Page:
Social media lets you have a two-way conversation with prospects, anywhere in the world. The cross-border realities of today’s real estate market make that more important than ever.
International buyers account for more and more transactions in the United States. For example, Chinese investors buy homes with a median price of $425,000 — more than twice the $213,500 median house price.
Just a little effort to communicate in their language, and via their channels, goes a long way. Gary Gold, executive vice president at Hilton & Hyland, told attendees at the recent Real Estate Connect conference that 90 percent of his clients are international.
“It’s really exciting to market to these people,” he said, “because it’s actually quite easy.”
Gold has had to change the way he works. “I have two little kids, and my wife and they are all in bed by 9 o’clock,” he explained.
“From 9 to 12 I’m available and I correspond with people (overseas). If you can talk to people in real time, you blow away the competition.”
When you use social media to reel in, and then land, overseas prospects, it pays to plan ahead. Follow this six-step process and you will be well on your way to success.
1. Pick your target countries. Pick the obvious countries, either the places that are sending the most buyers to your market, or the ones where you have a cultural or linguistic advantage. If you live in Miami and speak Portuguese, it probably makes sense to target Brazil.
2. Pick your social networks. You might use Facebook to keep up with your friends, but to reach prospects, you have to go to the social networks that they prefer.
In Russia, social network VK has 100 million active users — more than Facebook in that country. In China, QZone has 603 million users, according to China Internet Watch.
3. Set your goals. Some agents are content to use social media as nothing more than another customer service platform. That is, they use it as they would the phone or email, to communicate with prospects with whom they already have some sort of relationship.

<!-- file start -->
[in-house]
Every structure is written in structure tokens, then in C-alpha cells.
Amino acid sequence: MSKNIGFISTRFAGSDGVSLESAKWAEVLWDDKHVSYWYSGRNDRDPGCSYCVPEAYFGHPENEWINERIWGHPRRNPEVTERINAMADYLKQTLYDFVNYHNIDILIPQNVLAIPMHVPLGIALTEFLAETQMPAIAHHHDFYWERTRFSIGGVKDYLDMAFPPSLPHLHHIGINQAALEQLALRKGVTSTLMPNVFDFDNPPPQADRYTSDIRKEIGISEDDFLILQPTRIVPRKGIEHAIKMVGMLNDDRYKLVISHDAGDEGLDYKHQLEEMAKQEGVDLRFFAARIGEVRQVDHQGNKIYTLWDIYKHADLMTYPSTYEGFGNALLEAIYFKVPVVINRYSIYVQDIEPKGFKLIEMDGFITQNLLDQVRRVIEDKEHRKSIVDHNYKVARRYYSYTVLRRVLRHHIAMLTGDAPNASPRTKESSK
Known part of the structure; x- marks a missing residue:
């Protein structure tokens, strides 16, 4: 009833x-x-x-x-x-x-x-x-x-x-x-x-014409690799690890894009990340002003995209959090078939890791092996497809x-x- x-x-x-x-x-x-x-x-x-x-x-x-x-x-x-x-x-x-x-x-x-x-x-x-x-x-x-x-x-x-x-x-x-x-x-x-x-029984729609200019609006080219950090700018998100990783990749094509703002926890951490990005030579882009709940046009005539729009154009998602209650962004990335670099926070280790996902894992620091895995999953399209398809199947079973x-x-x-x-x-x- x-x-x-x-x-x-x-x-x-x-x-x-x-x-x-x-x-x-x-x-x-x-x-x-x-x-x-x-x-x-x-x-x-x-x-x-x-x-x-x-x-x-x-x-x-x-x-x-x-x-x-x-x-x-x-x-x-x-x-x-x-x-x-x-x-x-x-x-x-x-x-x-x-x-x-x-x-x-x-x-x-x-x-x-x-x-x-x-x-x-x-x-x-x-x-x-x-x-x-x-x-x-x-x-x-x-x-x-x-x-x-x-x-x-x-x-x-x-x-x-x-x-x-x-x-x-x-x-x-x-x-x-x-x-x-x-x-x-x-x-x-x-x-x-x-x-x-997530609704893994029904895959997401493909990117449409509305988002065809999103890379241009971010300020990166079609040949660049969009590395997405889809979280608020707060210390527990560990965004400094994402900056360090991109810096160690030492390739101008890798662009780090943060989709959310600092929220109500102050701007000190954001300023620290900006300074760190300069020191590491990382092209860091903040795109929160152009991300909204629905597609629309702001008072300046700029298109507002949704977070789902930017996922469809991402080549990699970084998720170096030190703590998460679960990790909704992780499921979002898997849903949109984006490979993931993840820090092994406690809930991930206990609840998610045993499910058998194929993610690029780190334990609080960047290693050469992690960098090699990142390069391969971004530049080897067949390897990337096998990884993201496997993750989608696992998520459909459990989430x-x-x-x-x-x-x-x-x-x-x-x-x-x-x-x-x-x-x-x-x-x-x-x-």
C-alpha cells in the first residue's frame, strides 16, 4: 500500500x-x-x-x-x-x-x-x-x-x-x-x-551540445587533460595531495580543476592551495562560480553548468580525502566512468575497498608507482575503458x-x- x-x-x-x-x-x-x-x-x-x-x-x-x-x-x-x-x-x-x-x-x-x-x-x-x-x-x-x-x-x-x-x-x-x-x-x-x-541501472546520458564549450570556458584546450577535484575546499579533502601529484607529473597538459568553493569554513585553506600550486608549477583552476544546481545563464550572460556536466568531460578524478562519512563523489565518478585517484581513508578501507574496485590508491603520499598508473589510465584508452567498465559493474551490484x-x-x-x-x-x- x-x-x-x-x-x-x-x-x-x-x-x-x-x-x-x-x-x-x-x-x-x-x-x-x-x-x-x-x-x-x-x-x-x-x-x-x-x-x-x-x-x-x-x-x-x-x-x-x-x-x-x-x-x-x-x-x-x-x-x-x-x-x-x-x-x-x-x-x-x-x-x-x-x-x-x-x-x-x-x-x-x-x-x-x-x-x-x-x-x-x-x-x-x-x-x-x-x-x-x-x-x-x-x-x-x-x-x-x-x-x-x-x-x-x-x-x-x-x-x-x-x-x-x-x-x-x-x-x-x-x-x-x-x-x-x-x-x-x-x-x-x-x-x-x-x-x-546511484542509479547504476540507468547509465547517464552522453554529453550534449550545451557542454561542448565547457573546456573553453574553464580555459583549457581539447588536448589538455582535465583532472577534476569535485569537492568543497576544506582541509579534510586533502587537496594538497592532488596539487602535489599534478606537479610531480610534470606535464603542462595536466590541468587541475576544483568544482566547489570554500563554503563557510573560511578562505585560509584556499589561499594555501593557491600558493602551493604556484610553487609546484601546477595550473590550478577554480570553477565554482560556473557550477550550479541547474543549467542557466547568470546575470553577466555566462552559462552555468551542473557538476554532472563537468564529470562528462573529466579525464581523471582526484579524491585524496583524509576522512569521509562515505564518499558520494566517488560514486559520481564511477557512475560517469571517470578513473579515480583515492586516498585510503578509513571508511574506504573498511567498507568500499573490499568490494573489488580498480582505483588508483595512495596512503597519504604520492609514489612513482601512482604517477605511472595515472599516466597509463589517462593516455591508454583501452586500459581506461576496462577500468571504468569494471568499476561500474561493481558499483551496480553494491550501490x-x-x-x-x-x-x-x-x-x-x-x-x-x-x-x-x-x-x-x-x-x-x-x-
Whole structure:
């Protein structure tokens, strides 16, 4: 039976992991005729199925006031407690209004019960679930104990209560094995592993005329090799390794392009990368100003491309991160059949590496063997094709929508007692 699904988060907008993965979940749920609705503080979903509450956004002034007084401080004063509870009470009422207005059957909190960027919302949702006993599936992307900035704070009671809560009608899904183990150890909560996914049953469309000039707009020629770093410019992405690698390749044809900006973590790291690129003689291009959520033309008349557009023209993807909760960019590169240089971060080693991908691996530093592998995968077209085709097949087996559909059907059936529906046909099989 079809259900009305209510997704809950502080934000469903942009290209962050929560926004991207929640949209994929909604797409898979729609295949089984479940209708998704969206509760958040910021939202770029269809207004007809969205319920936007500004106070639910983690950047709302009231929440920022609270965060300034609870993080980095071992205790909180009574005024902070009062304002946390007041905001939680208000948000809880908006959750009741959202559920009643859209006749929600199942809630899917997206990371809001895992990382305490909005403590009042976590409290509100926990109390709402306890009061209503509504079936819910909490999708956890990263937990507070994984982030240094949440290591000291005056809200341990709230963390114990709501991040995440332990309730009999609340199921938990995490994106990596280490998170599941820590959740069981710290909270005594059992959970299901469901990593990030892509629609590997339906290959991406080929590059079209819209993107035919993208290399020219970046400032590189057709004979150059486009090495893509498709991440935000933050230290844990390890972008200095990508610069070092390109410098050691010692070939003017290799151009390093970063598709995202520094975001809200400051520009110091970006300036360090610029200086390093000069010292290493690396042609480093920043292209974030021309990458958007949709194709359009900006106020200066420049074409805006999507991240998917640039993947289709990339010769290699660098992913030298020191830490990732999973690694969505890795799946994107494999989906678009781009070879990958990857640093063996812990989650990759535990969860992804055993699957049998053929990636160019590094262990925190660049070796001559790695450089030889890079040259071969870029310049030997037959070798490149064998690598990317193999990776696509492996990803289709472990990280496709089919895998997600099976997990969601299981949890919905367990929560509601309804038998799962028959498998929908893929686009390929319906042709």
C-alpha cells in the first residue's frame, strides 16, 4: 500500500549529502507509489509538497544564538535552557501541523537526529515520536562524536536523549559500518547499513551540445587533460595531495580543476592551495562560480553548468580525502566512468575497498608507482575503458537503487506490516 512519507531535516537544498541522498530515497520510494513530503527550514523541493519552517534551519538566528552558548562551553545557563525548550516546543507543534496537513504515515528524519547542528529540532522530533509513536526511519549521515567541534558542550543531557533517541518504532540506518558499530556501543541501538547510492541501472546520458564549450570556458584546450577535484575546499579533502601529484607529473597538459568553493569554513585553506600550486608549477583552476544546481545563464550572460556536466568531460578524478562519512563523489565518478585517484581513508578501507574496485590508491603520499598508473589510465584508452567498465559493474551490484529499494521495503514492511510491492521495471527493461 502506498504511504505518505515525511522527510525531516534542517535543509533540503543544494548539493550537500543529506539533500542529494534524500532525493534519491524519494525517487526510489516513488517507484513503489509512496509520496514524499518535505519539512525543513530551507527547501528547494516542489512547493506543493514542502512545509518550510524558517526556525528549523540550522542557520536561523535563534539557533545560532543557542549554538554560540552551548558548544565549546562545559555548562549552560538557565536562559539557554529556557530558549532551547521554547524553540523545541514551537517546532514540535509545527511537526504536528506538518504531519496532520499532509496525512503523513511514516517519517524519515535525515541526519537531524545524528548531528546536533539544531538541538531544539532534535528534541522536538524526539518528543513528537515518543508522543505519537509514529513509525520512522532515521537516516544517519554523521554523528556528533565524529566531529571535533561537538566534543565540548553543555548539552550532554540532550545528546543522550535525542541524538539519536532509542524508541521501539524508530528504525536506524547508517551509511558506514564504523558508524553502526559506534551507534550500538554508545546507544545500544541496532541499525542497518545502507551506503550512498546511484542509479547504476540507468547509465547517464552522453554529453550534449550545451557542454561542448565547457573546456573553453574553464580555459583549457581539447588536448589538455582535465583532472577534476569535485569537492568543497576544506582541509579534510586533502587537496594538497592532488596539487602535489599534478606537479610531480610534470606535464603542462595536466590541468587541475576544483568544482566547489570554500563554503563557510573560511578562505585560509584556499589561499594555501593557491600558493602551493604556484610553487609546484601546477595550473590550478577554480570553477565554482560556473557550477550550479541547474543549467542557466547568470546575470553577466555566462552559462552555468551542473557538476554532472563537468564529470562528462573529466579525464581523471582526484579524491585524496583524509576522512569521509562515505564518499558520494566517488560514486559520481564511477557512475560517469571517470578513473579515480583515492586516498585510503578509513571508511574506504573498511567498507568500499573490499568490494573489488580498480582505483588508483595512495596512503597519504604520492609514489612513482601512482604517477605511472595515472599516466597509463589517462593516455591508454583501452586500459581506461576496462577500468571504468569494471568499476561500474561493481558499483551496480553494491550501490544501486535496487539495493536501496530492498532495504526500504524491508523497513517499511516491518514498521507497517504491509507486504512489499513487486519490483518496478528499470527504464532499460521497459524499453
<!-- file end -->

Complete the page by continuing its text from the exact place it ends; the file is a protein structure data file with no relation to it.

Others are more ambitious. They use social media to bring more traffic to their website or to give their brand more exposure, especially in new markets.
Whatever your goals are, having a coordinated, planned approach will make it easier to operate on multiple social networks, and even in multiple languages.
4. Choose your languages. Only about 1 percent of Chinese speak English, and 9 out of 10 Europeans prefer to surf the Web in their native tongue. When deciding which languages to operate in, focus on those used by the largest numbers of your prospects.
5. Decide how many accounts you really need. You might be tempted to set up a Facebook page for every language in which you’d like to work with buyers. That would be a mistake.
You can achieve the same results with just a single page on Facebook using its post-targeting tool. Access it at the bottom of the compose box, just next to the “Post” button.
Let’s say you put up an item in Russian. Use the targeting tool to select Russian speakers, or even residents of individual Russian cities. Other social networks have similar tools.
6. Create a destination on your website for each language. If your goal is to acquire new customers via social media, ultimately you will want them to visit your website.
Post all of your new content for each segment of buyers on your site first. Then link back to it from your social media posts.
Once they are on your website, you will have more opportunities to capture their contact information, show them listings and persuade them to work with you.
Now, you should be able to construct and carry out an international social media marketing strategy. With it, you can win new customers around the world or target a specific segment of new customers in a place far from your local market.
Andrew Taylor is co-CEO of Juwai.com, a real estate portal linking Chinese buyers with property in the U.S., Canada and a total of 54 countries.